Inserting a pacemaker

A pacemaker is an electrical device that is used to correct and regulate an abnormal heart rhythm.

A pacemaker is an electrical device that is used to correct and regulate an abnormal heart rhythm

  • A pacemaker is a battery operated electrical device that is used to correct and regulate an abnormal heart rhythm. Inserting a pacemaker is often done under local anaesthetic but sometimes it may be necessary to fit a pacemaker during other forms of heart surgery.
  • The most common way of fitting a pacemaker is through a vein. This is called the transvenous route. The procedure takes about one hour and is performed under local anaesthetic. It usually involves an overnight stay in hospital (though it can be done as a day case).
  • After a local anaesthetic is given, a small cut is made on the upper chest region below the collarbone. The wires enter the heart by following the path of a vein under the collarbone (subclavian vein) or the one running along the inside of your shoulder (cephalic vein).
  • The electrode at the tip of the wire is positioned, with the help of x-rays, to the inner heart wall in the correct chamber. The wires are held in place by specially designed prongs that allow the wire to settle into the tissue and become lodged there in time.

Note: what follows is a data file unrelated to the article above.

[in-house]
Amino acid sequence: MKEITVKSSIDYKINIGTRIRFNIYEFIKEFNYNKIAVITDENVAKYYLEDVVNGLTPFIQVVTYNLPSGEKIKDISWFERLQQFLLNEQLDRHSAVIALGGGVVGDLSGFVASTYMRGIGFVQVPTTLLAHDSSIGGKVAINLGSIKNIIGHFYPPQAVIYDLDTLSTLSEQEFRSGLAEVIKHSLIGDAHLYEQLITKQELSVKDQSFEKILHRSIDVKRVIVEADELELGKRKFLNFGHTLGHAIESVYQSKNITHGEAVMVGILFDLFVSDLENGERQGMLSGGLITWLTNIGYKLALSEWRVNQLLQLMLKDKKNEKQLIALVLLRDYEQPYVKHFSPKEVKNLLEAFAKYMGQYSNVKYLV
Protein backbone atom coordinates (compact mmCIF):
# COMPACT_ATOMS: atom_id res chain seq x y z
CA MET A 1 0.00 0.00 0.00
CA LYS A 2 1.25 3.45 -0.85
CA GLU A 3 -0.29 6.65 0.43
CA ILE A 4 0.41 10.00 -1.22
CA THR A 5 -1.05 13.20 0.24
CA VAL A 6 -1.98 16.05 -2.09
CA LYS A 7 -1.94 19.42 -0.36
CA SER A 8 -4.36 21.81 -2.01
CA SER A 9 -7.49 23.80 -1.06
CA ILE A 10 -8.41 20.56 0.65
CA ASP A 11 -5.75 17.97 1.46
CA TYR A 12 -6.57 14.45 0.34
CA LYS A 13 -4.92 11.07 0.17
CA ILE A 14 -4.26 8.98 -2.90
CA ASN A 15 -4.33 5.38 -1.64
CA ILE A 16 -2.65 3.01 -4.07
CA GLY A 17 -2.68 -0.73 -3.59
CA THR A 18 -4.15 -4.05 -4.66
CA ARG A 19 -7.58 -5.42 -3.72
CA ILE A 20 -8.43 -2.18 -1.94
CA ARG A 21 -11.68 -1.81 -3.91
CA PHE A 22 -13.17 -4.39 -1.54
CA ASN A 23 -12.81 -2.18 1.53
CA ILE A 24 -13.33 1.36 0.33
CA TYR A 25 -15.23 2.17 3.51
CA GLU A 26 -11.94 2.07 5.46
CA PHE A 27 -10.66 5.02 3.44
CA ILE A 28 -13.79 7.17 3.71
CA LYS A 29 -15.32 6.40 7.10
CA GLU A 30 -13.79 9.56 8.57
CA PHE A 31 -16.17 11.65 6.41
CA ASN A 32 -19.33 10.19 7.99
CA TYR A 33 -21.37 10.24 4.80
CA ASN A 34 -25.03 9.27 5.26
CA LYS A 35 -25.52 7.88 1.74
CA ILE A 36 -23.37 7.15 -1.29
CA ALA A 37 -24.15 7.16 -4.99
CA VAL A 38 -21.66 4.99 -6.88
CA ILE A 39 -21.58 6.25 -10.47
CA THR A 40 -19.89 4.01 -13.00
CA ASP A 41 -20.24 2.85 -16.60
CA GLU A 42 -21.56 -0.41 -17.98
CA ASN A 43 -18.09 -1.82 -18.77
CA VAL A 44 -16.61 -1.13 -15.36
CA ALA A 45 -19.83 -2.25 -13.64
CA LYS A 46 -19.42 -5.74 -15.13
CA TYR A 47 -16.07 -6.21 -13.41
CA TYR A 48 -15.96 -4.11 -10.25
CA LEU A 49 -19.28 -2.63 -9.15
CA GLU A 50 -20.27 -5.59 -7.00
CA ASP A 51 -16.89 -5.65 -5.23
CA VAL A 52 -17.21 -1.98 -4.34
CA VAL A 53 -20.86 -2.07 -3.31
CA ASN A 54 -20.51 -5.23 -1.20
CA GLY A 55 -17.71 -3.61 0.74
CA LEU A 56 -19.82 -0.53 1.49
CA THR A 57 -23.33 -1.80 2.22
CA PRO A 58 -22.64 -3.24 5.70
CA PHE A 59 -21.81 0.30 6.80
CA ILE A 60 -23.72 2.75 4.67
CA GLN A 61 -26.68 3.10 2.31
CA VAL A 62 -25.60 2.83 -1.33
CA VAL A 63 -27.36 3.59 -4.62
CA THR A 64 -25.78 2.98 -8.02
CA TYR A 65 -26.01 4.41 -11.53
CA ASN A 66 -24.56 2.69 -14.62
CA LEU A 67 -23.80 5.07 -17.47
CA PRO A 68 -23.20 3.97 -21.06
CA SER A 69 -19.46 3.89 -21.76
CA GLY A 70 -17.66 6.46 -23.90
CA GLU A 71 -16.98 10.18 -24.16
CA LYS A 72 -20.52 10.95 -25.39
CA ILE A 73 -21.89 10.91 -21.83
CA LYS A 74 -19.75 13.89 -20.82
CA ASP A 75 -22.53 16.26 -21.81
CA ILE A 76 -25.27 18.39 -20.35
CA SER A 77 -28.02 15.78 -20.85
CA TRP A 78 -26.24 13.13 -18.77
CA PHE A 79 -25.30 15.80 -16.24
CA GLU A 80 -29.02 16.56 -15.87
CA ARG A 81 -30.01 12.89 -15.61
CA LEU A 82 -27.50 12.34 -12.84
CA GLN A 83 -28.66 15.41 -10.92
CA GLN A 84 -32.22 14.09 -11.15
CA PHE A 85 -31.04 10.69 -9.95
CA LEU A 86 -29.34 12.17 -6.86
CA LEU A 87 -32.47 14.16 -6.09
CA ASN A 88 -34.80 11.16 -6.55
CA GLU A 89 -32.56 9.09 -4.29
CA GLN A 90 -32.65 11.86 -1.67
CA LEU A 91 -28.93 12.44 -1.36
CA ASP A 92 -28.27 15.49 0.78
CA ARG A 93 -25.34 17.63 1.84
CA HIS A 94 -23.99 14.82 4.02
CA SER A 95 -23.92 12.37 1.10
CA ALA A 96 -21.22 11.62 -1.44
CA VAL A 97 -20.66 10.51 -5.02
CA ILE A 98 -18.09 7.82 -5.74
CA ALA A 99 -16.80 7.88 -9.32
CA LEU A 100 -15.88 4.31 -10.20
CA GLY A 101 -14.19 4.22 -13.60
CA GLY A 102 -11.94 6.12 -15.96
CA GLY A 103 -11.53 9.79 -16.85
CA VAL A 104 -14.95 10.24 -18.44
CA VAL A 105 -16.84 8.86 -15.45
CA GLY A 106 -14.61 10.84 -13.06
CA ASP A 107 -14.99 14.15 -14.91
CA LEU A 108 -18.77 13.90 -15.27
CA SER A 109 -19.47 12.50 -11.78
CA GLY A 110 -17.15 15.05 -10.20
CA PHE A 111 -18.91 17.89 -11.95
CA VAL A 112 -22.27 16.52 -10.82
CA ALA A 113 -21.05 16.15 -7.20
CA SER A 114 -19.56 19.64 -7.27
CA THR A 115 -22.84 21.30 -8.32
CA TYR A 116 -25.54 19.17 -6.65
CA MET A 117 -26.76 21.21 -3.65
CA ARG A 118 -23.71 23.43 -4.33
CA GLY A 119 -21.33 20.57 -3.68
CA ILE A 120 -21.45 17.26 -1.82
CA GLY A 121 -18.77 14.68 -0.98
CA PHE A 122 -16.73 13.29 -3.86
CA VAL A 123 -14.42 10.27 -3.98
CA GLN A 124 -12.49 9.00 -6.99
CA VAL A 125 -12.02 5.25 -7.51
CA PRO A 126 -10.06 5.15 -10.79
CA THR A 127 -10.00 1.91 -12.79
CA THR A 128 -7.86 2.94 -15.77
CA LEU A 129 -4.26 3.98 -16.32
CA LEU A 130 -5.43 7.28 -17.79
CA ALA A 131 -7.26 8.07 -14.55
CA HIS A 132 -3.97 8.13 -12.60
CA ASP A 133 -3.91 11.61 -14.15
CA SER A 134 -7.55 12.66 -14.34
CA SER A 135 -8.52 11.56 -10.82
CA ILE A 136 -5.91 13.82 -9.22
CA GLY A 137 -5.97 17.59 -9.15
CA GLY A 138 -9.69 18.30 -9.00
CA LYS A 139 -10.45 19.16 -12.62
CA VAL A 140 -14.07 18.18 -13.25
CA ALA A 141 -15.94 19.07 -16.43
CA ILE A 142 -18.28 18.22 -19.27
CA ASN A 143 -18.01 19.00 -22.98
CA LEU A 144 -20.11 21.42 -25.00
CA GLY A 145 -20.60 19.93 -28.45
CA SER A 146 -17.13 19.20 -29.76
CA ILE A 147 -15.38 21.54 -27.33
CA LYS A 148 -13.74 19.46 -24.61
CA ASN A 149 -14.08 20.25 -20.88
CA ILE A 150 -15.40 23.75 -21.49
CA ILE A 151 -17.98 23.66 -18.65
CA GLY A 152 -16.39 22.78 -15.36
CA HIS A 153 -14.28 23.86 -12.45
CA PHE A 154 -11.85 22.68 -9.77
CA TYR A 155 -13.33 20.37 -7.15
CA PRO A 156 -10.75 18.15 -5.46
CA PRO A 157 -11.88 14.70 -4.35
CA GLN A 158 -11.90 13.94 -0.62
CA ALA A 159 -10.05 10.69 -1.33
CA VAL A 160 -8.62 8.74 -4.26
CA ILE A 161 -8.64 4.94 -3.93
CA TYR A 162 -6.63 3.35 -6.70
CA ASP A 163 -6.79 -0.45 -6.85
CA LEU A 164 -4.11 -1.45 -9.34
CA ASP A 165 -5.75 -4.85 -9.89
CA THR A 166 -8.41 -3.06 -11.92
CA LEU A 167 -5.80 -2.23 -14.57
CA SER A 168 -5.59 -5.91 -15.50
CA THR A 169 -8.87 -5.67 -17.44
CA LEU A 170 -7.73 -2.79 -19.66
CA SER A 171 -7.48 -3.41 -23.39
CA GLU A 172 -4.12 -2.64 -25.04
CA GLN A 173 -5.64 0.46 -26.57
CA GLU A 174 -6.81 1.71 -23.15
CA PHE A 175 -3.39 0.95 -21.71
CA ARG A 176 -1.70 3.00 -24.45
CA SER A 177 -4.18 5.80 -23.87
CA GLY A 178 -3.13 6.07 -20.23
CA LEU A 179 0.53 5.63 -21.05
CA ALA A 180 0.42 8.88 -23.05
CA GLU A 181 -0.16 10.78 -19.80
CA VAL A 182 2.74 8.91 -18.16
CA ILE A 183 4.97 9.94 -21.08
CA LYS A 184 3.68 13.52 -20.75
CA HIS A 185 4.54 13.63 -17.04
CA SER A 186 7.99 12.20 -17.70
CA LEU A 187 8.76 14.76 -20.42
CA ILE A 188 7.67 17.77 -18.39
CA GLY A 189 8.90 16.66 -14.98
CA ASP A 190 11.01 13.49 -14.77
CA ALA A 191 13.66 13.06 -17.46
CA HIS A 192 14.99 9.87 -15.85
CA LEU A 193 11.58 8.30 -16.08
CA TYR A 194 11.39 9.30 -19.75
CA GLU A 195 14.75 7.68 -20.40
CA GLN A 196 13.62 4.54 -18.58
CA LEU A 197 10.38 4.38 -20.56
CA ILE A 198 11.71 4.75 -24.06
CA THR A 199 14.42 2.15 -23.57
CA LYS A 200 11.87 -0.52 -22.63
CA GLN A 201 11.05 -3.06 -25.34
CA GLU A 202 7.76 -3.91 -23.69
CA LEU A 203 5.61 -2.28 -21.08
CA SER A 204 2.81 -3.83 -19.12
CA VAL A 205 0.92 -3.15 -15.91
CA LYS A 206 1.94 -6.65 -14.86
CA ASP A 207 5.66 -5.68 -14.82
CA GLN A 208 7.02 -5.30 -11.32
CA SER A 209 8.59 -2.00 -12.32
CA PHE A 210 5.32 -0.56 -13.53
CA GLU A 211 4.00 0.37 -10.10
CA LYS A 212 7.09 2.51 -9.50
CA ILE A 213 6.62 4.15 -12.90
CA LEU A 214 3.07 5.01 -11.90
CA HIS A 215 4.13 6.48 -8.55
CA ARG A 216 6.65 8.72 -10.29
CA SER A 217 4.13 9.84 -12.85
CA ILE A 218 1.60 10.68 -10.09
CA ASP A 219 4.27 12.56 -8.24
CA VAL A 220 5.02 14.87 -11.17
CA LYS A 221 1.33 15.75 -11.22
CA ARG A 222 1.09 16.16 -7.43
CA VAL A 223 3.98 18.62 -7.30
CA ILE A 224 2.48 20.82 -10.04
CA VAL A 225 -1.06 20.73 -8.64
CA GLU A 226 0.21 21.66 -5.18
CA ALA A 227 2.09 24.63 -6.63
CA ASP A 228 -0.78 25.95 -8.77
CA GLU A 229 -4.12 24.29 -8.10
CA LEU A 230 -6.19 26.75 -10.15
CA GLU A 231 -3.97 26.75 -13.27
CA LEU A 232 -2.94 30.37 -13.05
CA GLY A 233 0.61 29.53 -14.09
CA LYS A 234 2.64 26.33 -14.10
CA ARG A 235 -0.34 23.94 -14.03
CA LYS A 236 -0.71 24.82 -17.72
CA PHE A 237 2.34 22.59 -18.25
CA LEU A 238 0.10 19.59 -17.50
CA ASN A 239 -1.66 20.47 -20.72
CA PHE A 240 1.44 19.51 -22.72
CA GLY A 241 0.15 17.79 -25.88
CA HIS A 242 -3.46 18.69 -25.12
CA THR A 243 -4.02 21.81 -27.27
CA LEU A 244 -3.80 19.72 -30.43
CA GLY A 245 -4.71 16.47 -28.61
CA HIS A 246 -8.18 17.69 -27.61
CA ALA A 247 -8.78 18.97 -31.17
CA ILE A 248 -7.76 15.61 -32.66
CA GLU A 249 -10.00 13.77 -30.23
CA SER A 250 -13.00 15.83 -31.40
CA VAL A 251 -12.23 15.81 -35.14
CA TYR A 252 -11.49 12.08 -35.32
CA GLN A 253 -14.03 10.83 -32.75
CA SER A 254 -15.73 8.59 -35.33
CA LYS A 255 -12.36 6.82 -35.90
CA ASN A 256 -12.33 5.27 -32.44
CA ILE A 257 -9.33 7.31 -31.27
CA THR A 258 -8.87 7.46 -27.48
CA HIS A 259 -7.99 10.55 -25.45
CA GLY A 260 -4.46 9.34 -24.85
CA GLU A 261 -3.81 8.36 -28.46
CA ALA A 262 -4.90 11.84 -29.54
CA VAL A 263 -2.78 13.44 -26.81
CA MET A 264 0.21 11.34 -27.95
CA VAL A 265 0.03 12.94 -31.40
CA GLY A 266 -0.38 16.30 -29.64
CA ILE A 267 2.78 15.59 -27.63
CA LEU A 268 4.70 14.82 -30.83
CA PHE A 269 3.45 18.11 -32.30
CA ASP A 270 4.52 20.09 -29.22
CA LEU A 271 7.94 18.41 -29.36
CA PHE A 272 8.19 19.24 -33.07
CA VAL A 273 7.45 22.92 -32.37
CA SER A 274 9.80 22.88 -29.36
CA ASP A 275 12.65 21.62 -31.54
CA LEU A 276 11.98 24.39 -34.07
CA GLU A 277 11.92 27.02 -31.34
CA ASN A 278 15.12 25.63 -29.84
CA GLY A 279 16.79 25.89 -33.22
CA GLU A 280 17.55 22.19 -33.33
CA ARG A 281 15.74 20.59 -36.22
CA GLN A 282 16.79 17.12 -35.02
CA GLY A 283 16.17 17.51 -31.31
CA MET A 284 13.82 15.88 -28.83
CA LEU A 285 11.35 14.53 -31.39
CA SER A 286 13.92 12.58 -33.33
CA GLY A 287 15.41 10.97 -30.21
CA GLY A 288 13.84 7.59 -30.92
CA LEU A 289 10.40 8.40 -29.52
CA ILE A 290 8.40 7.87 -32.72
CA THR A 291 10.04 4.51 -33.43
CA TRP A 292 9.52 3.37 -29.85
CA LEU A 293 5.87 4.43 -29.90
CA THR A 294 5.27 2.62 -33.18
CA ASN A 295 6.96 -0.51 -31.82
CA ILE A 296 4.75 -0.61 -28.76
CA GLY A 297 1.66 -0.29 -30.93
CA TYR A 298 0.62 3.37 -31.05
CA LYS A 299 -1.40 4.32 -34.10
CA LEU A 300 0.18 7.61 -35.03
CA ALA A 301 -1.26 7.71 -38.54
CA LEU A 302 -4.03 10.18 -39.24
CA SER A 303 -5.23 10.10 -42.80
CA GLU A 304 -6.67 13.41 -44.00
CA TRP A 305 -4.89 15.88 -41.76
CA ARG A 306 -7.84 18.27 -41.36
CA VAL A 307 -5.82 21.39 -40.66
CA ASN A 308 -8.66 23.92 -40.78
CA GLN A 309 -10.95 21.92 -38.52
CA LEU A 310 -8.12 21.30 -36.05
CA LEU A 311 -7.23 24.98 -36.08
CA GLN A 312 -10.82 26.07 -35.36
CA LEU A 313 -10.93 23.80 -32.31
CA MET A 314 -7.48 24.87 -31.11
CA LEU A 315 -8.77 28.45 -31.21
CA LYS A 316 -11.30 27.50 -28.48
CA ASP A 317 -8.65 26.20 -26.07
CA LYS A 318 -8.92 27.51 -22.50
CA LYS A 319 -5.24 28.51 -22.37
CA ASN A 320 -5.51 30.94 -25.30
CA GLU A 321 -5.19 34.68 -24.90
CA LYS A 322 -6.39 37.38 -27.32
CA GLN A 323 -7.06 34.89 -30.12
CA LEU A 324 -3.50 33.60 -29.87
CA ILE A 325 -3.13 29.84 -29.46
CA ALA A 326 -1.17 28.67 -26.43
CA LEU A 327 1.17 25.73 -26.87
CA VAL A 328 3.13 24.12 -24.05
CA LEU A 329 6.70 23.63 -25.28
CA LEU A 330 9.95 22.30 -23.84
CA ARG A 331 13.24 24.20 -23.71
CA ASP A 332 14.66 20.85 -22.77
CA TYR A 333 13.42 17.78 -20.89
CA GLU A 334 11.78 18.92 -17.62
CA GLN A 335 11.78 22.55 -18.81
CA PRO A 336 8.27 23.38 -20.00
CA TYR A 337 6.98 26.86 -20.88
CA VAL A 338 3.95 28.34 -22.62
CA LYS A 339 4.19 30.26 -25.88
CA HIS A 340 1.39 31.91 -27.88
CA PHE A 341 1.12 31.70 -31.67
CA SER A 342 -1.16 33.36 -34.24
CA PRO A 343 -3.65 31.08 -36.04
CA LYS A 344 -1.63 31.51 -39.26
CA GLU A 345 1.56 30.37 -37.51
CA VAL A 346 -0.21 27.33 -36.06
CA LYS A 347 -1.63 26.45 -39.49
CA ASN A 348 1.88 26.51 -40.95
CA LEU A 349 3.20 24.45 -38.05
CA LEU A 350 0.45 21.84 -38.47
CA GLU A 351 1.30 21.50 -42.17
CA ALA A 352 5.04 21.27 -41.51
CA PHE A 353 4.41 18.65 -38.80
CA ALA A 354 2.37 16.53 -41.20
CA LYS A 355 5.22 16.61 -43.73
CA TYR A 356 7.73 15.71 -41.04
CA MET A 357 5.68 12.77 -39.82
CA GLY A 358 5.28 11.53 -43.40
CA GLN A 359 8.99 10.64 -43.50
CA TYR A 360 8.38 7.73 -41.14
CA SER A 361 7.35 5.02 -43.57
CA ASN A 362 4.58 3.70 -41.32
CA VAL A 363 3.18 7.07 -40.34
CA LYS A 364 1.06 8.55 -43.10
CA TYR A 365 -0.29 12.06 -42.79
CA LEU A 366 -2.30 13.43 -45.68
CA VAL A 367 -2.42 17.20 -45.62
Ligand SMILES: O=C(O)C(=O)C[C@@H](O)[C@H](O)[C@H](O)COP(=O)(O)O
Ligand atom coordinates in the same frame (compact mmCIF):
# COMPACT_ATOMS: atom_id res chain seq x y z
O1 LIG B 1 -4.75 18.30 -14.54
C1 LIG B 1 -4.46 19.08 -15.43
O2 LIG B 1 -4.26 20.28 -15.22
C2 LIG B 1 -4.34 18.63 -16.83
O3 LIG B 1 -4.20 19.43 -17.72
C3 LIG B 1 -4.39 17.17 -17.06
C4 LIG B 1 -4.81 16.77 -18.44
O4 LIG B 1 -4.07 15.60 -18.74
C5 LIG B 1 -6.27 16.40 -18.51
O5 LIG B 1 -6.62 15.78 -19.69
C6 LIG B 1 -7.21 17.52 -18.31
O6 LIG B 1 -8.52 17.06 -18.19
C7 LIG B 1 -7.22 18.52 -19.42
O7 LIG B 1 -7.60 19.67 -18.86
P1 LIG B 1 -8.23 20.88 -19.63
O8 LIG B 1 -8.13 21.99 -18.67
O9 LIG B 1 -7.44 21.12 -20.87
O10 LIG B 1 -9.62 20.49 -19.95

• The pacemaker box is attached to the other end of the wires and placed under the skin. Stitches are then used to close the wound.
  • A chest x-ray will be taken before discharge home from hospital. This is to check the final position of the pacemaker and to ensure your lungs have not been damaged in any way.

Taking care after surgery

  • Immediately following surgery the connection is quite vulnerable so it is important that you take a bit of care by avoiding extreme movement of the arm on the affected side or by using it too much. Also avoid any sport or activity where you could get hit or kicked on the area where the pacemaker has been fitted.
  • It is also important to keep an eye on the wound for about 10 days. If there are any signs of infection such as redness, tenderness, soreness or swelling you should notify your GP immediately, so that antibiotics can be started straight away.
  • Most stitches will dissolve on their own. If not they will be will be removed 7 to 10 days later, usually by the nurse at your local GP surgery.

More information about every day life with a pacemaker can be found on the Living with a pacemaker page.

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